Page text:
Having said this, ‘Lil Paul’ is an enjoyable enough number that incorporates the main sax refrain from Klemmer’s original to produce one of the standouts from the album. Honed by the essentially unknown Funk (anyone know anything about this Sweet N Lo’ album that features contributions from Funk and members of the Alkaholiks’ camp?), there’s enough bounce to the beat and variation in the production to keep things interesting and provide Lyte with a palatable platform to get verbally aggressive. Groundbreaking this ain’t, but bump it loud and that head will develop a satisfying and all-too-familiar nod: rock the house, L to the Y and the T to the E!
Picking favourite beats from Akinyele’s solo debut is nigh on impossible due to Large Pro’s devastating realised craft on Vagina Diner, but I’ve always had a soft spot for ‘Exercise’ and Ak’s somewhat goofy debunking of the virtues of exercise. In terms of the production, ‘Exercise’ features a trademark Large Pro manoeuvre with the succinct use of a low pass filter applied to the first couple of bars of the sample, although it is uncharacteristically stripped down with only drums to act as a bolster for the song’s three minute duration. Still, with that bass rumbling underneath the cymbal-heavy percussion you won’t hear me complaining: this is slammin’ early to mid ’90s production at its very finest.
Yea, you guessed it: yet another ‘isn’t Pete Rock great’ diatribe. However, in this particular instance I feel comfortably justified in saying that both ‘Blah Uno’ and ‘The Life I Live’ really are amongst his best work and am thereby absolved of the nagging feeling that maybe there’s a little too much Soul Brother focus here at FDB (as if).
Pete was obviously digging on Klemmer’s LP back in the mid ’90s, using carefully selected sax loops from ‘Free Soul’ for both of his shelved projects of the era that were subsequently released on BBE in 2003. Despite my love of the InI project, my preference here lies with the Deda beat that features the same filtered bass that can be found on the Akinyele joint. In addition, Mt. Vernon’s finest adds a flurry of sax jacked from the 1.25 mark that gives the production a magnificently warm, jazzy feel that is vintage Soul Brother. Of course, the InI track is still fantastic, incorporating a couple of bars of Klemmer’s squealing sax from the 0.47 mark to sit over the Rotary Connection sample and neck-snappingly fierce drum track in the creation of a certified banger (a link would be much appreciated if you’re fortunate enough to own this album released on Cadet).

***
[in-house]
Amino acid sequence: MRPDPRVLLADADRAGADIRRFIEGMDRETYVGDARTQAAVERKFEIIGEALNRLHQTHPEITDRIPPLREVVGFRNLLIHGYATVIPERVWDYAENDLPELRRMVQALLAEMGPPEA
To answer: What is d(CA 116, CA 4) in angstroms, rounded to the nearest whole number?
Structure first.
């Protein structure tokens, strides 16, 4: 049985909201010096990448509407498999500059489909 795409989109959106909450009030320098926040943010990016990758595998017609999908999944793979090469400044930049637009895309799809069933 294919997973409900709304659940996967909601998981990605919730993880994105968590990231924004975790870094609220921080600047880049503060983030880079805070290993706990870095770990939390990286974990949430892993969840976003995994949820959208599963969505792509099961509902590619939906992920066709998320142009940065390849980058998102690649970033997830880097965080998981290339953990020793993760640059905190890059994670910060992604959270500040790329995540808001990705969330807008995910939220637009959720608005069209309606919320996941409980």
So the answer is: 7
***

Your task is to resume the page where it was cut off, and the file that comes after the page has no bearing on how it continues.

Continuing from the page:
Although purists would undoubtedly cite Mecca & The Soul Brother as his finest moment on wax, this particular fan would argue that there is a sophistication to the beats in this period of Rock’s career that is unparalleled in his broad discography. It’s a damn shame that these albums fell victim to the same old industry bullshit because to my mind both Center Of Attention and The Original Baby Pa would otherwise have rightfully asserted their places as classic material. Discuss/contest/crucify at will dear readers: I’m poised and ready.
Filed under: Producers
With the end of the holidays now in sight full-time employment looms once again. As such, I’m gonna be pretty busy over the next couple of days with work as well as having a short break away with the lady (gotta make the most of the holidays while they last, right?).
As a result of this I’m doing something I rarely do which is simply present you with a couple of songs that are back in heavy rotation around my way without saying a great deal about them. UK producer Ghost is easily one of the shining lights of the British scene and his debut LP Seldom Seen Often Heard is exceptional, permeated from front to back with a moody and captivating vibe that is intoxicating. Here are two of my favourite cuts for your listening pleasure, the more characteristically brooding ‘Basic Instinct’ supplemented by a dose of spring-infused fun in the shape of ‘Talk To Me’. Enjoy and cop the album if you haven’t already.
Filed under: Slice Of Soul
[Shouts to Beeboy at the Pete Rock forum for putting me onto this.]
My knowledge of the Blaxploitation era of film-making and the soundtracks that they spawned is painfully limited, and it’s only when I stumble across records such as Coleridge-Taylor Perkinson’s score for The Education of Sonny Carson that I realise how badly I need to step my game up in this field of musical history. According to my fam at the Pete Rock forum this is a very rare record, so props go out to Tony for posting it up in the first place (I got a feeling I’m going be digging around his archives for the foreseeable future).